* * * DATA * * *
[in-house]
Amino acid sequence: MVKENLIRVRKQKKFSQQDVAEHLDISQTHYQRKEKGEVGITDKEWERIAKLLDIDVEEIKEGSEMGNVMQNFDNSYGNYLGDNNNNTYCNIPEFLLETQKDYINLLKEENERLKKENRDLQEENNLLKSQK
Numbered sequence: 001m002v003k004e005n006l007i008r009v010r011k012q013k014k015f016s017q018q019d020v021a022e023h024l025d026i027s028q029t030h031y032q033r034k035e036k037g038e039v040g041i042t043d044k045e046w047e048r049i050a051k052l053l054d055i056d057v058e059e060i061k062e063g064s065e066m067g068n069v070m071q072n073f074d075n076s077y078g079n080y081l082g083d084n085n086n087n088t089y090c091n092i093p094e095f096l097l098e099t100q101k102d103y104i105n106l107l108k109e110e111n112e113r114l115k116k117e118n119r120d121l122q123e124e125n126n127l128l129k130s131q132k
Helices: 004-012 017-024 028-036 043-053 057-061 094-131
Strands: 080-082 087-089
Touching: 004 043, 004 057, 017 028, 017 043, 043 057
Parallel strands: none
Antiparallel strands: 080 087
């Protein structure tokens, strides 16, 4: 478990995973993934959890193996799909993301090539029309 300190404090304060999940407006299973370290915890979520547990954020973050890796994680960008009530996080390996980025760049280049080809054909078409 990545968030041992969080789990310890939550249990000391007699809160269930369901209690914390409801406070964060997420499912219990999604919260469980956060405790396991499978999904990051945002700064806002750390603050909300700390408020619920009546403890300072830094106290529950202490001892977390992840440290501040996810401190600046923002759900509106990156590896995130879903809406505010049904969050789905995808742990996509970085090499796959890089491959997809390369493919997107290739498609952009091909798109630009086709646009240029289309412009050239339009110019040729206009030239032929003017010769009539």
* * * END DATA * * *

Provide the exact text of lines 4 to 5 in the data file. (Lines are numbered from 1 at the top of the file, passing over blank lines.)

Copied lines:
Helices: 004-012 017-024 028-036 043-053 057-061 094-131
Strands: 080-082 087-089